The first step after research and planning is complete in the
machining of the hubs. I recommend avoiding the use of iron unless
you are extremely competent at tapping small diameter holes. Tap
breakage is very troublesome if iron is used. I used aluminum which
worked very well. Brass or bronze is quite good also.

I advise turning all four (or however many you need) hubs on the
same billet at the same time which makes holding the diameters and
shapes uniform by making it easier to generate the same contours on
each of them. Space should be left between the individual hubs to
allow for cut-off and final finishing of the ends.

After the hubs are shaped to one’s satisfaction, the next
step is to use a sharp-pointed tool bit mounted on the crossfeed to
scribe very fine lines around the hubs where the rows of spokes are
to be located. Then disconnect the power from the lathe and by
improvising an indexing setup using the headstock gears the scribed
circles can be divided off for the location of the individual spoke
holes. Bear in mind that most spoked wheels have two rows of spokes
with one row half offset from the other.

In my case I counted off a headstock gear that was divisible by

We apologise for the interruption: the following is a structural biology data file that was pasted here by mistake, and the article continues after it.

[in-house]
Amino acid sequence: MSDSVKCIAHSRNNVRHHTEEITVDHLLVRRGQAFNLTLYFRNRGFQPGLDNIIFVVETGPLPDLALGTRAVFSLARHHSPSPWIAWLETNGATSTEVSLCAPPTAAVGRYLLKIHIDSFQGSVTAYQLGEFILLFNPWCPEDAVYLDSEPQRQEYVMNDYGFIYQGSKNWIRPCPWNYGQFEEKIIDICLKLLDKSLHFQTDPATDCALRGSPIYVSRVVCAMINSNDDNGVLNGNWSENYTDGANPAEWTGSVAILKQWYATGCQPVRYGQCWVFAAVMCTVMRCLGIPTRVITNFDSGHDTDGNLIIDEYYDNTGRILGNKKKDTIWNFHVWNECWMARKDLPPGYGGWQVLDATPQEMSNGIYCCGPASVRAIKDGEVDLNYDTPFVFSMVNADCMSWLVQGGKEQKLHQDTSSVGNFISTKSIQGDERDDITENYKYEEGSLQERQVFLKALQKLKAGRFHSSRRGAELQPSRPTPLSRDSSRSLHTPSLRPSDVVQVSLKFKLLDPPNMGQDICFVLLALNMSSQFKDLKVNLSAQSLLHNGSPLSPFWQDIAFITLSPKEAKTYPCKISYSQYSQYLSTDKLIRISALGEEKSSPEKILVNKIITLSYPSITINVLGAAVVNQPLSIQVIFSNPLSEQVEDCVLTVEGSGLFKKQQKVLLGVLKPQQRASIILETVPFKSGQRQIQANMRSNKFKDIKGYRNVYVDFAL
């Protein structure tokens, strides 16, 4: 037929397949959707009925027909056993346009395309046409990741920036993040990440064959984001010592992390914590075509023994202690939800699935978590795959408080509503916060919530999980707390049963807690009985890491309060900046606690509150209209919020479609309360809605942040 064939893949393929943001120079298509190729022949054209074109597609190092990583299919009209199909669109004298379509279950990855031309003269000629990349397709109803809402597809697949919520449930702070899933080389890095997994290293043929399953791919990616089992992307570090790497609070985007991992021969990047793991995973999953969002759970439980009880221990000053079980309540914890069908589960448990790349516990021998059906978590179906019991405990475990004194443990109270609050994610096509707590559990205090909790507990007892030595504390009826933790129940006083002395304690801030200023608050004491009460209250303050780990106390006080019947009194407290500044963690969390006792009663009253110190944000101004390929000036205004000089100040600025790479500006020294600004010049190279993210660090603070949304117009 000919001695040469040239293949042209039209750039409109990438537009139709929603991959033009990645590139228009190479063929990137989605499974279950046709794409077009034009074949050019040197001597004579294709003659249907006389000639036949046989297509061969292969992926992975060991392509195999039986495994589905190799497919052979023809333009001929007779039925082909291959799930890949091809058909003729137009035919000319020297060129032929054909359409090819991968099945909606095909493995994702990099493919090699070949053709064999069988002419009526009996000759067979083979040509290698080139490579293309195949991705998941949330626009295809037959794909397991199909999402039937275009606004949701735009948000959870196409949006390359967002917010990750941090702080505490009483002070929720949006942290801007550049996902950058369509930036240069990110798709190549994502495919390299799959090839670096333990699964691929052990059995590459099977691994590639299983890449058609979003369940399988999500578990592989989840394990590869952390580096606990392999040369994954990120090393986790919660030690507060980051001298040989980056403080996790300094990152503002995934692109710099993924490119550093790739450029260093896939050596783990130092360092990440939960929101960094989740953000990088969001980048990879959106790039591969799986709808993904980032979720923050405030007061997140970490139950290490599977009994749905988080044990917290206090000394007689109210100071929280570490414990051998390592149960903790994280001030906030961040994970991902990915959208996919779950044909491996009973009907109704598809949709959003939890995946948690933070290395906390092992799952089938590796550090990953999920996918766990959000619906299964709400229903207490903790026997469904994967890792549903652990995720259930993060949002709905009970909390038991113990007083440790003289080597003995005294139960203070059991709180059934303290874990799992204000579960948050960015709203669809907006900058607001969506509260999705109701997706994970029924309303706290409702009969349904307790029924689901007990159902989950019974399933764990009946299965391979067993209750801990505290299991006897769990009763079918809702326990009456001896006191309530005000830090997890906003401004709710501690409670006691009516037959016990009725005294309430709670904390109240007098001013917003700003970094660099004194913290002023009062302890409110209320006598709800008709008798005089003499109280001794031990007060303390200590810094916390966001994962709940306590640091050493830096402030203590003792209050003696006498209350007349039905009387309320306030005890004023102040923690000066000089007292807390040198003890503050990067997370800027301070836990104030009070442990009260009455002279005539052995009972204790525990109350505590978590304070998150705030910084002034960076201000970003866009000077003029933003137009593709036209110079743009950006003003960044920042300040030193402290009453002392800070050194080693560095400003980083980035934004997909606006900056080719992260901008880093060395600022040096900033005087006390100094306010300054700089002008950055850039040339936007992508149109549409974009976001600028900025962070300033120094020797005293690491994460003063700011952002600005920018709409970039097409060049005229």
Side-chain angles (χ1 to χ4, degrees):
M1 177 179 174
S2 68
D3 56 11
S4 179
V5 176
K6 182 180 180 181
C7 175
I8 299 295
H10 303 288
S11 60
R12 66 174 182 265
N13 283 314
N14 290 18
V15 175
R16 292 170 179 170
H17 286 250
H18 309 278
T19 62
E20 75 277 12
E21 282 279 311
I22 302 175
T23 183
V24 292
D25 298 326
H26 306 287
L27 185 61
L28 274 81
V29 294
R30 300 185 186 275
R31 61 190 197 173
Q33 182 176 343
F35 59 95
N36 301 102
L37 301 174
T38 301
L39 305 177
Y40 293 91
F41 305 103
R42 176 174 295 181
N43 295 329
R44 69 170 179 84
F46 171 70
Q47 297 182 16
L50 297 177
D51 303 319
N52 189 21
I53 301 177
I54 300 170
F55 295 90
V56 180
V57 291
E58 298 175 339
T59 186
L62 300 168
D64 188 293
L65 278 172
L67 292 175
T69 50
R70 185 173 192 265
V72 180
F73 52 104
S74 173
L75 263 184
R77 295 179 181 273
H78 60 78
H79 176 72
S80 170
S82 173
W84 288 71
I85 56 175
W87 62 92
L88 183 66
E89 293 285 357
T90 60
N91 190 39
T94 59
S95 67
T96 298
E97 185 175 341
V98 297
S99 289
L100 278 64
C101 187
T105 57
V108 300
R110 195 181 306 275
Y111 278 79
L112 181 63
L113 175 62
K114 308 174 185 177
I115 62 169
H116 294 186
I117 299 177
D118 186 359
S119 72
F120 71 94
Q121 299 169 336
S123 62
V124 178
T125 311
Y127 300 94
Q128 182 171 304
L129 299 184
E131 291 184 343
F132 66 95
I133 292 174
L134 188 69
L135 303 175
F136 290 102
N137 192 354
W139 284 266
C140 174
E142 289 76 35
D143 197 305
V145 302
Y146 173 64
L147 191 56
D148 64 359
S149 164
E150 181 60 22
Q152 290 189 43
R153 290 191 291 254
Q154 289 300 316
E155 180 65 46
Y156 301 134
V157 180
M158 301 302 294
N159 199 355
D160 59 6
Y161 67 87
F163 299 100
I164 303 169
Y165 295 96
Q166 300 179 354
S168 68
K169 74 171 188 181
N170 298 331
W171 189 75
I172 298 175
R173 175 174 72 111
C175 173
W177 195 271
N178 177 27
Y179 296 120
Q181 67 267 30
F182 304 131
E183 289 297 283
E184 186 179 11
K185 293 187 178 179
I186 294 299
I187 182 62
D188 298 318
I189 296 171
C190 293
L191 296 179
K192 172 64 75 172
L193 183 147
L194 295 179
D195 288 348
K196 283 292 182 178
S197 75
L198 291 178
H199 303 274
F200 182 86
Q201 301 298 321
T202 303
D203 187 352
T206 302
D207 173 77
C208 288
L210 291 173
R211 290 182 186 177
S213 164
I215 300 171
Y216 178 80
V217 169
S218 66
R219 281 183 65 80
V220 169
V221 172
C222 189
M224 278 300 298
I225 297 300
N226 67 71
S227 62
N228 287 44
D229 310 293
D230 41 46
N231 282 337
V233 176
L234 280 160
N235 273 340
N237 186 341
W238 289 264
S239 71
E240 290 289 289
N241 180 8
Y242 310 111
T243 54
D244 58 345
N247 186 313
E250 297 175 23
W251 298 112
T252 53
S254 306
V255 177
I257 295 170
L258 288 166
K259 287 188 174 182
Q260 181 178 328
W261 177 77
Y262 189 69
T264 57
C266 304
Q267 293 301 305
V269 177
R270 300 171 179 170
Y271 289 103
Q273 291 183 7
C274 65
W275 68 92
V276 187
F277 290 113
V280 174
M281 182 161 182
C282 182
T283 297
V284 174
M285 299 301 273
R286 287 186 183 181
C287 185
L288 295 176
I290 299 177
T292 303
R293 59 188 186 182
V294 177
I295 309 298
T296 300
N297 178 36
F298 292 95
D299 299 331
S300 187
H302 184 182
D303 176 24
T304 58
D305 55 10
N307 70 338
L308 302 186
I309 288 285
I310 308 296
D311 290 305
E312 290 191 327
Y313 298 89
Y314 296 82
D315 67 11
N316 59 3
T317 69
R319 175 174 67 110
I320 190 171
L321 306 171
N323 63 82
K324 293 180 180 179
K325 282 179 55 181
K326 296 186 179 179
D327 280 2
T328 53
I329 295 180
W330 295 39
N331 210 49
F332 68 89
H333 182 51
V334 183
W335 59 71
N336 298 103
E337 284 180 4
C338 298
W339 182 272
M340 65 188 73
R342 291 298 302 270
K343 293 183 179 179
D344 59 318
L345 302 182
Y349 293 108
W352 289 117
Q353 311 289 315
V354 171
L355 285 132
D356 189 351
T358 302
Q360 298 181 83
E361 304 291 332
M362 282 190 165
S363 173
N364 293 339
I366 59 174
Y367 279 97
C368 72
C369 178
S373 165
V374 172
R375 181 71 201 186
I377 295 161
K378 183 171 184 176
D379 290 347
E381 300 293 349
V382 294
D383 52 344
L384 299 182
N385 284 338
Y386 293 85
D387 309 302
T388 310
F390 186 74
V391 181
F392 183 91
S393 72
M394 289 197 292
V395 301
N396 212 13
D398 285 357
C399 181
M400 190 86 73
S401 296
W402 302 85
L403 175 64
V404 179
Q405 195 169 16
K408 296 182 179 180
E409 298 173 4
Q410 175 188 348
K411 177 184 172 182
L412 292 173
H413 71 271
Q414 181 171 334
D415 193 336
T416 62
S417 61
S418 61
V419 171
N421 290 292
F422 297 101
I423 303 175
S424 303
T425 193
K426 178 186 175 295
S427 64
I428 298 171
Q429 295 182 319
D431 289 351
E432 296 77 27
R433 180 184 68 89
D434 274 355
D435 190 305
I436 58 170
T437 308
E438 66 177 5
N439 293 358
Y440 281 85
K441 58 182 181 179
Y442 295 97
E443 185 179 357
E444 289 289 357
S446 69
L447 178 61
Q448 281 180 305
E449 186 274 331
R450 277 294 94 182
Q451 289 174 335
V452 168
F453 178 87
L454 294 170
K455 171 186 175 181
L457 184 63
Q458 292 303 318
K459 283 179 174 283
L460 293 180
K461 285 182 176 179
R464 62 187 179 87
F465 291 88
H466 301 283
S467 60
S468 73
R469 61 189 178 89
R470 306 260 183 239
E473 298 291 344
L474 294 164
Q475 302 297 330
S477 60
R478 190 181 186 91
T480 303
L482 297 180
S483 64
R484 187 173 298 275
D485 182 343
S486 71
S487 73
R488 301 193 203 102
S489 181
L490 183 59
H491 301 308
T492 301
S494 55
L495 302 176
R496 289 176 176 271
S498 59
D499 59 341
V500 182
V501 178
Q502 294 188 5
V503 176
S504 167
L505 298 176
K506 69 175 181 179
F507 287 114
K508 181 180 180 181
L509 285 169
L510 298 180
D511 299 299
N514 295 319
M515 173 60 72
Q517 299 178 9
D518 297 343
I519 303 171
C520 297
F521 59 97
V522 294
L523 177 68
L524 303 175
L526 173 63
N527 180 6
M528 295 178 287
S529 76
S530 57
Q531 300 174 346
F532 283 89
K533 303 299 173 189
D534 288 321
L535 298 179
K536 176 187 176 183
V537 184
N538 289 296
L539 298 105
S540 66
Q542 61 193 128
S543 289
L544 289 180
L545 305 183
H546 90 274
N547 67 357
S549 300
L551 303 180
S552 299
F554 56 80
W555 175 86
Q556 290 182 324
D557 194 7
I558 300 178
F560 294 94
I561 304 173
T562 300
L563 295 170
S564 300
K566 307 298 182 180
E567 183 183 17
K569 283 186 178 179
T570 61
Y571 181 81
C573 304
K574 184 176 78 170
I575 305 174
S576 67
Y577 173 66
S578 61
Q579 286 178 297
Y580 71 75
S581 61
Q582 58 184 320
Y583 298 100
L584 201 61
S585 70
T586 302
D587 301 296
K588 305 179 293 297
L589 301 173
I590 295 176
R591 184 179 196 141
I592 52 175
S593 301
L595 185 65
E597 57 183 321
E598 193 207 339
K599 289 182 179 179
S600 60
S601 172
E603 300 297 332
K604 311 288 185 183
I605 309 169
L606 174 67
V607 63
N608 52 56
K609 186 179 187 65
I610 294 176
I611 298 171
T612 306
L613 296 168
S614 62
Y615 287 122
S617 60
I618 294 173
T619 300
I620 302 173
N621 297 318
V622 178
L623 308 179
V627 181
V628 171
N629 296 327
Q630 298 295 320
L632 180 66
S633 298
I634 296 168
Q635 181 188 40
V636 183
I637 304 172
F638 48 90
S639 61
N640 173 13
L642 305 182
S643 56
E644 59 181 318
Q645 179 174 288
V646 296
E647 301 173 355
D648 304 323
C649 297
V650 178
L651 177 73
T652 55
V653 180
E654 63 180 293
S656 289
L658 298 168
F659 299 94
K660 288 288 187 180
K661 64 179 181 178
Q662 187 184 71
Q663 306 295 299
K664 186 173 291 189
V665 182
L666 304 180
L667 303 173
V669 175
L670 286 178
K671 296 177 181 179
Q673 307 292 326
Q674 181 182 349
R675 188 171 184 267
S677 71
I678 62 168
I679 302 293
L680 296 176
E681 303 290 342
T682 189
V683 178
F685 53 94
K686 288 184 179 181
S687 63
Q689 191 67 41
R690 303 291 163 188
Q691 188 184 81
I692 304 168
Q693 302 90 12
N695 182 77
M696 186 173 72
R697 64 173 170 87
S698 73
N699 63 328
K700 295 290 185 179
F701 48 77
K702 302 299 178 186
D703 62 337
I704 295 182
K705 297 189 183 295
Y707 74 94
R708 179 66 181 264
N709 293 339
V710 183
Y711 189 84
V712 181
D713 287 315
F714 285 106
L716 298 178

eight I needed two rows of eight half offset for each wheel. Do not
disturb the setting of the tool bit until all locations are
scribed. I used a small Phillips screwdriver with the bit placed in
the selected gear tooth notches, pulled back firmly but gently on
the chuck until movement was locked, held the chuck firm, and
worked the tool bit via the carriage adjustments across the
selected scribed circles and marked off the hole locations. This
was repeated until the circles were scribed all the way around with
light cross marks. An accurate set of scribe marks now exists ready
for center punching and drilling. No harm is done to the lathe and
the need for an expensive indexer is avoided.

Now the individual hubs can be cut apart and finished being
careful not to mess up the spoke hole scribe marks. I recommend
completing the axle bores and hub end fairings at this time so that
the hubs are completely finished before moving on to drilling and
tapping.

In most cases spoked wheels have the spokes set at an angle so